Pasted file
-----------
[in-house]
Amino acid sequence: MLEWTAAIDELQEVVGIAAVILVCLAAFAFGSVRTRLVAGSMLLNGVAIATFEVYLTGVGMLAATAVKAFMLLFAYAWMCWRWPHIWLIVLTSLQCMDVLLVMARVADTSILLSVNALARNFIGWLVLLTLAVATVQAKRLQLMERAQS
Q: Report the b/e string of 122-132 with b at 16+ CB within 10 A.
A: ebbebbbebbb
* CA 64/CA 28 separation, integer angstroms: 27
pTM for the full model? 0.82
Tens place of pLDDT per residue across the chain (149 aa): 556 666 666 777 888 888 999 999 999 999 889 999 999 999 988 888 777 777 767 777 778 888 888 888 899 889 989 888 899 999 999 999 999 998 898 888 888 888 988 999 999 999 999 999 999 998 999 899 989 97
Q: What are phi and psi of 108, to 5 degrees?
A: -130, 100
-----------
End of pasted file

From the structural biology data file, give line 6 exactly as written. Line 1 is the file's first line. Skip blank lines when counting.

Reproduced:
pTM for the full model? 0.82